CLUB OF THE MONTH: SURFERS PAR­ADISE GOLF CLUB

GOLD COAST• QUEENS­LAND

Golf Australia - - CONTENTS - WORDS & PHO­TOG­RA­PHY BREN­DAN JAMES

Bren­dan James re­dis­cov­ers a golf­ing sanc­tu­ary among the hus­tle and bus­tle and ever-ex­pand­ing jun­gle of con­crete and glass on the Gold Coast.

If you have ever been to the Gold Coast for a hol­i­day, golf­ing or not, and you have flown into Coolangatta Air­port you will be fa­mil­iar with the sight. As the plane banks left over the ocean and heads west for the fi­nal ap­proach, the long strip of beach and the seem­ingly end­less stand of high rise apart­ments that stretch north come into view to the right. It is an iconic view that is stereo­typ­i­cally Gold Coast.

On a re­cent visit, I re­dis­cov­ered a golf­ing sanc­tu­ary among the hus­tle and bus­tle and ever ex­pand­ing jun­gle of con­crete and glass. It had been nearly 10 years since I last played Surfers Par­adise Golf Club, de­spite hav­ing played the lay­out dozens of times as a

teenager on hol­i­days through­out the 1980s.

De­spite its name, the course is ac­tu­ally in Clear Is­land Waters, about five kilo­me­tres south of the bars and restau­rants of Surfers’ famed Cav­ill Av­enue. The Broad­beach to Nerang Rd bor­ders the course to the north and there is res­i­den­tial on two other bound­aries, but when you are deep into your round here you feel like you could be a thou­sand miles away

It was very diƒer­ent when the club was formed by a small group of keen golfers, ex-ser­vice­men and their friends in 1967. The club founders ac­tu­ally had their sights set on a par­cel of land closer to the heart of Surfers Par­adise, but prop­erty de­vel­oper Bruce Small, who be­came Gold Coast mayor in the same year, con­vinced the group to pur­chase 92 acres of his land at Cy­press Gar­dens and con­struc­tion on the lay­out be­gan just a few months later.

The lay­out was de­signed by then club cap­tain War­wick Thomas and English-born Ken Eglit, who was one of the driv­ing forces be­hind the for­ma­tion of the club. He was later named the club’s pa­tron and first life mem­ber. Sadly he passed away in Fe­bru­ary this year, aged 96. Eglit and Thomas’ work has been tweaked over the decades but over the course of 52 years his de­sign – laid out across less than 90 acres – has with­stood the test of time. It was cre­ated to be a mem­bers’ course, but it didn’t stop the club host­ing the Aus­tralian PGA Cham­pi­onship within two years of o•cially open­ing in 1968. Bruce Devlin cap­tured the ti­tle in 1970 (mak­ing it back-to-back ti­tles), while Billy Dunk shot 15 un­der for four rounds to win the fol­low­ing year. For many years, the club also hosted one of the big­gest ju­nior events in Aus­tralia – the South Pa­cific Clas­sic – which boasted win­ners that ul­ti­mately moved into suc­cess­ful pro ca­reers in­clud­ing Wayne Grady (1976), Ossie Moore (1977), Corinne Dib­nah (1982), Ni­cole Lowien (1986) and Adam Scott (1996).

To­day, Surfers is an easy-walk­ing par-71, which mea­sures 5,841 me­tres from the tips so you don’t have to be long from the tee to get value for your good shots.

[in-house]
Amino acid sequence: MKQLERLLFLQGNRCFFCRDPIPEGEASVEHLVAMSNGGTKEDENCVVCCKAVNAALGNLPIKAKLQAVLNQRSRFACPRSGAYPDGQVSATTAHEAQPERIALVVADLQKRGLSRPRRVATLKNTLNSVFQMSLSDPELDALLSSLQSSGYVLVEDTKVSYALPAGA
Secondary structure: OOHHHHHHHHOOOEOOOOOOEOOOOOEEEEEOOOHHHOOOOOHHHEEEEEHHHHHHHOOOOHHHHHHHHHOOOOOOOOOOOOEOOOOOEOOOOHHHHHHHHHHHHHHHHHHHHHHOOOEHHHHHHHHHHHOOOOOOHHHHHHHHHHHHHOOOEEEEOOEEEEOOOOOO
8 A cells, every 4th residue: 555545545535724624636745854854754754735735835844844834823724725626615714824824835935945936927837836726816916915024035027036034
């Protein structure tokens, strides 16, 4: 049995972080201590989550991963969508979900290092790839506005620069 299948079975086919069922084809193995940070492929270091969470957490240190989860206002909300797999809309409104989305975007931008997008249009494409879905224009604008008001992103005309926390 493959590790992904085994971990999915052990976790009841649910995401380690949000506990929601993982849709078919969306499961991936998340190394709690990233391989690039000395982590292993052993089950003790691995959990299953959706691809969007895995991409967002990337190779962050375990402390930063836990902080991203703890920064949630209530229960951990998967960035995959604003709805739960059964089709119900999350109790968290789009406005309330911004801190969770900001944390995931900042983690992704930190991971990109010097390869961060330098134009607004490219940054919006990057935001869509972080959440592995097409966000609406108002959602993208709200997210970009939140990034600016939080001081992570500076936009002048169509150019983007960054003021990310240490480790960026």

The fair­ways are a lit­tle more tree-lined than they were in Devlin and Dunk’s days, but gen­er­ally there is enough room from­tee-togreen to reg­u­larly pull the driver from the bag. How­ever, there are no short­age of fair­way bunkers and wa­ter haz­ards to be avoided. In

fact, wa­ter comes into play on 11 holes.

The first of three par-5s at Surfers Par­adise is also its long­est at 529 me­tres from the back mark­ers. It’s a tight driv­ing hole with a small trib­u­tary of the Nerang River run­ning the length of the hole to the right and then wrap­ping around the back of the green. The bunker­less fair­way snakes its way right, then left, to a wide putting sur­face with three bunkers – one left and two through the back of the green.

Wa­ter and sand also play a ma­jor role on one of Surfers’ best par-3s – the 147-me­tre 5th hole. A pond right of the tee only comes into play for those, like me, that are prone to the oc­ca­sional shank. But a pic­turesque lake to the left of the green is def­i­nitely in play for even the slight­est mis-hit. The green, which slopes markedly from back right to front left, is sur­rounded by four bunkers with a ‘coŠn’ shaped bunker wedged be­tween the putting sur­face and the lake be­ing the most diŠ cult to es­cape from.

Head­ing for home there is a gen­uine chance of adding a birdie to the score­card at the short par-4 17th. At 310 me­tres from the tips, it’s not a hole to be at­tacked with a driver un­less you can bank on a left-to-right shot shape to fol­low the dog­leg shape of the fair­way as it veers around a lake to the left. The key here is to get your drive in play and take aim with a short iron into a re­cep­tive green that lies just beyond the lake.

The lay­out is beau­ti­fully pre­sented by course su­per­in­ten­dent Dun­can La­mont and his team and – as it al­ways has been – is a fun course to play for a wide range of golfers of vary­ing abil­i­ties.

EGLIT AND THOMAS’ WORK HAS BEEN TWEAKED OVER THE DECADES BUT OVER THE COURSE OF 52 YEARS HIS DE­SIGN – LAID OUT ACROSS LESS THAN 90 ACRES – HAS WITH­STOOD THE TEST OF TIME.

Pic­turesque wa­ter haz­ards come into play on 11 of the 18 holes at Surfers Par­adise.

The short par-4 17th hole is a gen­uine birdie chance if you can stay out of the wa­ter.

The straight away par-4 1st hole calls for an ac­cu­rate ap­proach into the green.

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